Heinrich Mahnken was born on September 26, 1846. Or was it Heinrich Mahnke who was born on this day? This question puzzled me as I looked into today’s story. One of these two was the grandfather of the woman who married Richard Popp, who was a teacher at Trinity Lutheran School in Altenburg for several years.
A previous post was written about Teacher Popp’s parents titled, Teacher Popp’s Pop. Today, we discuss his wife’s family. However, as you will find out, it’s hard to discuss her family without also including Richard’s family.
On August 9, 1942, Teacher Popp married Rose Mahnke in Sylvan Grove, Kansas. Rose was the daughter of Martin and Martha (Jacob) Mahnke. The Mahnkes were both from East Perry County, and Rose was born in Altenburg and baptized at Trinity Lutheran Church in 1915. Shortly after her birth, the family moved to Sylvan Grove, Kansas. I found evidence that Teacher Popp taught school in Missouri, Iowa, and Illinois prior to his marriage, but no mention is made of him being a teacher in Kansas. He must have had a different way to meet up with Rose. We may find an answer by looking back one generation into Rose’s family.
Martin Mahnke’s parents were Heinrich and Martha (Popp) Mahnke. Martha Popp was indeed in the same family tree with Teacher Popp. Rose’s great grandparents and Richard’s grandparents were the same people. If I have this figured out, they would have been first cousins, once removed. It may be that Richard knew Rose through family gatherings over the years, and that may have led him to travel to Sylvan Grove to get married.
But just who is this Heinrich Mahnke? And was he really Heinrich Mahnken? The first record I could find of Heinrich is a confirmation record in the Concordia Lutheran Church books in Frohna for the year 1860.
In this record, we see Heinrich’s last name spelled as Mahnken. It is also a source that we have for giving his birthday of September 26, 1846. The 1870 census has Heinrich living with the Robert Fiehler family in Perry County at the age of 23.
In this record, we see his last name spelled as Mahnke…..with no “n” at the end. Okay, here is where things get even more confusing. There is another Heinrich Mahnken who was born in 1850. This Heinrich died rather early and was buried in the Concordia Lutheran Cemetery in Frohna. Both of these Heinrichs got married, and we have records of those marriages.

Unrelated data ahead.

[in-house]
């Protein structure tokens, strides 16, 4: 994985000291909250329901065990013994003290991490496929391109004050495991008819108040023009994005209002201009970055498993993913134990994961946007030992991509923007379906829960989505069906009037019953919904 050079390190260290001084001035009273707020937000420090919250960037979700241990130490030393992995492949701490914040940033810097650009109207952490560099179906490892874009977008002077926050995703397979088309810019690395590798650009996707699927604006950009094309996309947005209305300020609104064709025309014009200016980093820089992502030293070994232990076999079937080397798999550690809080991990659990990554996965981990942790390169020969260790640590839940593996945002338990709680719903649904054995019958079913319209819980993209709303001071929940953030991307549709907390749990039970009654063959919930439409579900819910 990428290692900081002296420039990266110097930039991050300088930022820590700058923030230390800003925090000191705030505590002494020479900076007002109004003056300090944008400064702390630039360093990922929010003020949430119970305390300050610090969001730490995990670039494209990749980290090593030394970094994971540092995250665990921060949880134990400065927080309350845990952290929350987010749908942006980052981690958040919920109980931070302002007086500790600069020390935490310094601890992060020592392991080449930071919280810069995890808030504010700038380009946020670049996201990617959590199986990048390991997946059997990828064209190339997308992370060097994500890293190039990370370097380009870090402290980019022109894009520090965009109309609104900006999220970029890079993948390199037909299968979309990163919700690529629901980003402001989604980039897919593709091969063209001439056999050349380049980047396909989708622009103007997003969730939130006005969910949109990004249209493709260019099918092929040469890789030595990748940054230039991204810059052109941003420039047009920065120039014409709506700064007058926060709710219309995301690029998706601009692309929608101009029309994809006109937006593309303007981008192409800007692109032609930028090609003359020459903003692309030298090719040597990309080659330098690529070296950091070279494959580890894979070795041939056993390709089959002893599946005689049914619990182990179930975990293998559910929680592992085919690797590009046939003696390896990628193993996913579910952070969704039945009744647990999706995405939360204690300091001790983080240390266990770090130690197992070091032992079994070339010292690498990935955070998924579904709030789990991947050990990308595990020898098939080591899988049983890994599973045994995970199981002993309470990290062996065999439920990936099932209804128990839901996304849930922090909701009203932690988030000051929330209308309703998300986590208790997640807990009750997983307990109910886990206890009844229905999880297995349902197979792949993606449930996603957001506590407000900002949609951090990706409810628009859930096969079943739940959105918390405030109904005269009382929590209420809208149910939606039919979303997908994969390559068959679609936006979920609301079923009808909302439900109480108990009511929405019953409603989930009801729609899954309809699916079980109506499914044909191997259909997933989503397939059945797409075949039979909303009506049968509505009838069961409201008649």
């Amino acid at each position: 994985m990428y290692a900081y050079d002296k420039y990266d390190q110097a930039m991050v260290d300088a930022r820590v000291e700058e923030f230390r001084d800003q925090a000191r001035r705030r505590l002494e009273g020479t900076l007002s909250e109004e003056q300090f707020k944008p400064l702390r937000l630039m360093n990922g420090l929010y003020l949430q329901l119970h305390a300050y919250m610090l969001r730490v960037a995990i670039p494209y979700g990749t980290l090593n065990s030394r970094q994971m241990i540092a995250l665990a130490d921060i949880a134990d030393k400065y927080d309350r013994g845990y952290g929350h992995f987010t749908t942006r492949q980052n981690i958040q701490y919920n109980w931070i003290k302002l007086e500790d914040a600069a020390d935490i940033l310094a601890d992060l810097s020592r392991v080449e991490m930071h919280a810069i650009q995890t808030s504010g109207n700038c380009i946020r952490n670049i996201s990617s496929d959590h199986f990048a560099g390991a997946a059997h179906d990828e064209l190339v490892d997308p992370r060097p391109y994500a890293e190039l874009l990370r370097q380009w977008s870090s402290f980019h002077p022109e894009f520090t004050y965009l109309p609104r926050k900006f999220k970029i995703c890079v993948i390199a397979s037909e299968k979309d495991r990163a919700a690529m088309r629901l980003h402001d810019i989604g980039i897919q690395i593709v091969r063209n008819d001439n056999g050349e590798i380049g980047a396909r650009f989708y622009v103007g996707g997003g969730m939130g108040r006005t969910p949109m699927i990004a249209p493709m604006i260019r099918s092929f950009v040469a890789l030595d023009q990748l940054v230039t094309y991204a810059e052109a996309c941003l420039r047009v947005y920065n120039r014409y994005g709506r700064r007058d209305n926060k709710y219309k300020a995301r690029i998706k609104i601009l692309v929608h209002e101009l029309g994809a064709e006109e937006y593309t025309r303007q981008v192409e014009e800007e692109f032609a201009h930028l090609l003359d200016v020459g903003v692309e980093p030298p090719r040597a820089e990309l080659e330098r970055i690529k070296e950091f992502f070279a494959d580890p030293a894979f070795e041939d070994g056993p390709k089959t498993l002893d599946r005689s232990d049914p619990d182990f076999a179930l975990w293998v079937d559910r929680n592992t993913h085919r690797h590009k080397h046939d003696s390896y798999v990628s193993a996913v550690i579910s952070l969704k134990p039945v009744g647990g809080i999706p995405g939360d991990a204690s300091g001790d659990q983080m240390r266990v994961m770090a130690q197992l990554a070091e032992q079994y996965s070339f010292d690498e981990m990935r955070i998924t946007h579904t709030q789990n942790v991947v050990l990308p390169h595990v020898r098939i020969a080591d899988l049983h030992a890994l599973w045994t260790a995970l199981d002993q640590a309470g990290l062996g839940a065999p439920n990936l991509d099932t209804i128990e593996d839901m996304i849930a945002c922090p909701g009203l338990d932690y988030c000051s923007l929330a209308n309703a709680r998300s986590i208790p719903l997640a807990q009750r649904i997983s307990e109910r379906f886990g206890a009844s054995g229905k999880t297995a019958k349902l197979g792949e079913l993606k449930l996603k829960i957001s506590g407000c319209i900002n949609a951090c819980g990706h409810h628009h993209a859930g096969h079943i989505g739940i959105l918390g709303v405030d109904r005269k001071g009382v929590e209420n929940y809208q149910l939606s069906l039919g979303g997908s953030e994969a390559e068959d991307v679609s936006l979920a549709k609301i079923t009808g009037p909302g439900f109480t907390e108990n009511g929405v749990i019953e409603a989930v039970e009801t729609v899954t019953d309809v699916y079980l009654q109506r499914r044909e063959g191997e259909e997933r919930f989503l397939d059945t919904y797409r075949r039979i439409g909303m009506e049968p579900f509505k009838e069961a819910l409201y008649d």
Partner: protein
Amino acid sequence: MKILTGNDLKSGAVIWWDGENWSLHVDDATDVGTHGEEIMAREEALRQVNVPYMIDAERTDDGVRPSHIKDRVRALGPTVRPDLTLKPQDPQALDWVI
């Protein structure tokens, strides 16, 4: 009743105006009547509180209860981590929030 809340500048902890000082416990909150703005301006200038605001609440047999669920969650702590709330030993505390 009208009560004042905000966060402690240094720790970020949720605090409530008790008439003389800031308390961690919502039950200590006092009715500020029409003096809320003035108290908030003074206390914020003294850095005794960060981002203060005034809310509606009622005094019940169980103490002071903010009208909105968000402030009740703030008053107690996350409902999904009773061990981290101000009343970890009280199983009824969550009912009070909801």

First, the Heinrich born in 1846, as stated before, married Martha Popp. Here is their marriage record. They were married in 1875. It is quite difficult to read.
Henry’s name is in the red box. Although much of the name is hard to determine, I think it is safe to say that the name does not have an “n” at the end. It is Mahnke.
The other Heinrich, the one born in 1850, married Wilhelmine Hemmann at Grace Lutheran Church in Uniontown in 1876. Here is their record.
In this record, we can definitely see an “n” at the end of Heinrich’s name. Although, I should be fair and say this document’s spelling may be suspect because Wilhelmine’s last name is entirely butchered.
Here’s another rub. Our German Family Tree indicates that these two Heinrichs were sons of the same parents, Peter and Margaretha (Miesner) Mahnken. I don’t think that is possible.
Another piece of evidence can be found in Martin Mahnke’s marriage license.
Being a son of Heinrich and Martha, you would expect his name to be written correctly on his marriage license. And here we see it as Mahnke……no “n”.
I have pretty much concluded that Martha Popp’s husband was Heinrich Mahnke. Another fact has led me to this conclusion. Here is this Heinrich’s gravestone.
Although it, too, is difficult to read, there is definitely no “n” at the end of his name. He was a Mahnke. And as such, we have no indication in our German Family Tree who his parents were. The census shown above indicates he was born in Hanover, so we will not find any baptism record here.
I also talked to Bernice Loebs last night. She is a Popp descendant, and she said Heinrich’s name was Mahnke. So there you have it. She knows her stuff.
Now on to another puzzle. Heinrich died in 1908 and is buried in the Trinity Lutheran Cemetery. A portion of his gravestone is shown above. His wife Martha, died in 1914 on July 11th from cancer. The death record is in the Trinity books. However, no gravestone can be found in that cemetery. Findagrave.com does not list her at all. I took a trip to the cemetery to look for her. Here is what I found.
Since Trinity basically buries people as they die, and this photo shows several stones that indicate people’s deaths in 1914, the place where Martha would have been buried is the open space you see here. I wonder how many unmarked spots can be found in this cemetery.